We invited Phil Graham, Chief Executive of the National Infrastructure Commission, to tell us why the National Infrastructure Strategy is so important.
Next month’s London Infrastructure Summit considers the capital’s priorities for the next decade.
I’m speaking and looking forward to discussing the UK’s first-ever National Infrastructure Assessment – our fully costed, deliverable plan for the country’s infrastructure needs up to 2050 – ahead of the government’s much-anticipated National Infrastructure Strategy, its response to our Assessment.
I hope the strategy sets out an ambitious roadmap for infrastructure that builds on our recommendations.
Over recent decades, London has been a blueprint for how devolution of powers and funding can enable long-term and strategic infrastructure planning.
Our Assessment recognised that London has benefitted from broader powers over transport and funding for major upgrades such as Crossrail.
That’s why we recommended other cities should be able to emulate what London’s achieved, through £43bn of additional investment and new devolved powers.
Crucially, boosting infrastructure in the rest of UK needn’t come at London’s expense. Indeed, the Assessment offers plenty for the capital.
Our assessment showed that major investments such as HS2, Crossrail 2 and Northern Powerhouse Rail in the North are affordable, alongside the long-term improvements to the UK’s digital connectivity, low carbon energy generation, water supplies and flood resilience.
Alongside this, there should be sustained, long-term funding for Transport for London, which will allow progress to be made in delivering the Mayor’s transport strategy and support new jobs and homes.
But London also has priorities beyond transport.
Tackling climate change, for example. The Assessment offers solutions to enable a low carbon London and to prepare for climate change impacts such as an increased flooding risk and drought risk.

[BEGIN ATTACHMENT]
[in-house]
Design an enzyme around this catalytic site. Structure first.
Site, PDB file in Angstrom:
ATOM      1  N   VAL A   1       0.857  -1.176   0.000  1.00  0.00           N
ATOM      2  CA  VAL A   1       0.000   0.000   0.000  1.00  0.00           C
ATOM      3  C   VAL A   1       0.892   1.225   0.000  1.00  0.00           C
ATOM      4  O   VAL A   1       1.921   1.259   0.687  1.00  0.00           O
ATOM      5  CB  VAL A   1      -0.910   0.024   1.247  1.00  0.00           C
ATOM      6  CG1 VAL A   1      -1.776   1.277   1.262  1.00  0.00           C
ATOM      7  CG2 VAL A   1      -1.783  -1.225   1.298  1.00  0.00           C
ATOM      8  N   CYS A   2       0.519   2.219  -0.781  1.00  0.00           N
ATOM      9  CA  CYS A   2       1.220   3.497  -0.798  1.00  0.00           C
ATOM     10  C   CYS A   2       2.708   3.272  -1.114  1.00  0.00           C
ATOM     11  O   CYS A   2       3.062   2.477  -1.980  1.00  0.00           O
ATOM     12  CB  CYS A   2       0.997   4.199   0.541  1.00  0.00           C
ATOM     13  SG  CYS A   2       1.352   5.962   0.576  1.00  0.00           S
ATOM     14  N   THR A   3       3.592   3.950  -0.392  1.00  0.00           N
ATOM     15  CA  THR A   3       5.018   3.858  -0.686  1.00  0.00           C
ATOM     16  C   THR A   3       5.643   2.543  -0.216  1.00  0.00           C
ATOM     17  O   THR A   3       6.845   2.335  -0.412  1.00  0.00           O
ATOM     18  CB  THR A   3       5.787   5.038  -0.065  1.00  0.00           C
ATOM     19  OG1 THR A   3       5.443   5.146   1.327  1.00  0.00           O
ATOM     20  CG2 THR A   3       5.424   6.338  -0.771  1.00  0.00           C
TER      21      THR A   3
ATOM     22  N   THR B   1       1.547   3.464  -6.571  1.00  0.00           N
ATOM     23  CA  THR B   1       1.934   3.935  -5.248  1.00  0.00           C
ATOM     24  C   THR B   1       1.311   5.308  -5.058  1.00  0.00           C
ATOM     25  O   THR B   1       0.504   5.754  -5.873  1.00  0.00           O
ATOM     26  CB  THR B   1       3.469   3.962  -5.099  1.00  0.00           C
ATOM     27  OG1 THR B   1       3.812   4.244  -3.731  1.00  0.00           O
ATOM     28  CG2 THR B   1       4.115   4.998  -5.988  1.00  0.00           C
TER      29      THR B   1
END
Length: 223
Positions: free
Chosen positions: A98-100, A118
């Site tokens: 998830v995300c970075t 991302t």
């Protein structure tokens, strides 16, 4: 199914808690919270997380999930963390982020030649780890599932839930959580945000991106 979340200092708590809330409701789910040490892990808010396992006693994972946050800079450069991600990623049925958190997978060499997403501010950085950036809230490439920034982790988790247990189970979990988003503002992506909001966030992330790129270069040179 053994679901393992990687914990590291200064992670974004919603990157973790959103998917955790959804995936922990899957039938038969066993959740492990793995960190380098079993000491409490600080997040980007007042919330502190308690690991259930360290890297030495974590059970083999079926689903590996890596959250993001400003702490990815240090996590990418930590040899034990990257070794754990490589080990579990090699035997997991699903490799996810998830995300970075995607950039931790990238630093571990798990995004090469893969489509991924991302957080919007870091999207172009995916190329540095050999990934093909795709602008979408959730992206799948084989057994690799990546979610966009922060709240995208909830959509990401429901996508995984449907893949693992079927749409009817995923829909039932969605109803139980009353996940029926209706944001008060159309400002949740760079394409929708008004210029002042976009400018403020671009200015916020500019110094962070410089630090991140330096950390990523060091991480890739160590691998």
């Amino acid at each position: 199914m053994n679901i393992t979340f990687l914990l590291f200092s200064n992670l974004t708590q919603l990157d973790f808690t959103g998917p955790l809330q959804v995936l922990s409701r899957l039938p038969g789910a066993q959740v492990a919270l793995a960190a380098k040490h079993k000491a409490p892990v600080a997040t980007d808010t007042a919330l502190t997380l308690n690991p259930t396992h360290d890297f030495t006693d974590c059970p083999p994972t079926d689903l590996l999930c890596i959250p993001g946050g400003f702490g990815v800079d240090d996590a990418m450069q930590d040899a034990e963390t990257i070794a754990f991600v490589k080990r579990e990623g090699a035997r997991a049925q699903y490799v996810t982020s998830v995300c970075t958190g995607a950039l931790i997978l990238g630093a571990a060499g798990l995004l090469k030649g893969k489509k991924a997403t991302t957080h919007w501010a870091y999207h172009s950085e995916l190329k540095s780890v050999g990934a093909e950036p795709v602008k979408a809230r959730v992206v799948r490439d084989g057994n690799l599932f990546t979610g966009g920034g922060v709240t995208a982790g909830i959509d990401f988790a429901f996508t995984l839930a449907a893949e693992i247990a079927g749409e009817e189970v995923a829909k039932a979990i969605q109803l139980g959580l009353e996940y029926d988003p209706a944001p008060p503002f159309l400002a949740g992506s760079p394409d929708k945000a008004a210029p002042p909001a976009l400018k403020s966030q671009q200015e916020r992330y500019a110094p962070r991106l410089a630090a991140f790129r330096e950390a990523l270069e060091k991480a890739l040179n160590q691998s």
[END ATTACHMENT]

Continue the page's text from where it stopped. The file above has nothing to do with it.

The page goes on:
London will have to change how it powers and heats its buildings. We’ve said over the next decade decisions should be made by government on whether hydrogen or heat pumps are the best solution to replace natural gas for homes and businesses. More will need to be done to improve the energy efficiency of London’s building stock too.
Waste is a growing concern. Here, we’ve recommended new recycling standards and separate food and waste collections by 2025 to boost biogas generation.
100 per cent of new car and van sales by 2030 being electric would transform London’s roads and atmosphere, but drivers need encouragement to switch. So, alongside a national rapid charging network, we’ve recommended 20 per cent of council parking spaces should be available for charging points by 2025.
Ultimately, London will benefit from a successful National Infrastructure Strategy that’s ambitious, has clear goals each with implementation plans, and is appropriately funded.
It must give communities and businesses reassurance that the infrastructure they expect and need to thrive can, and will, be delivered.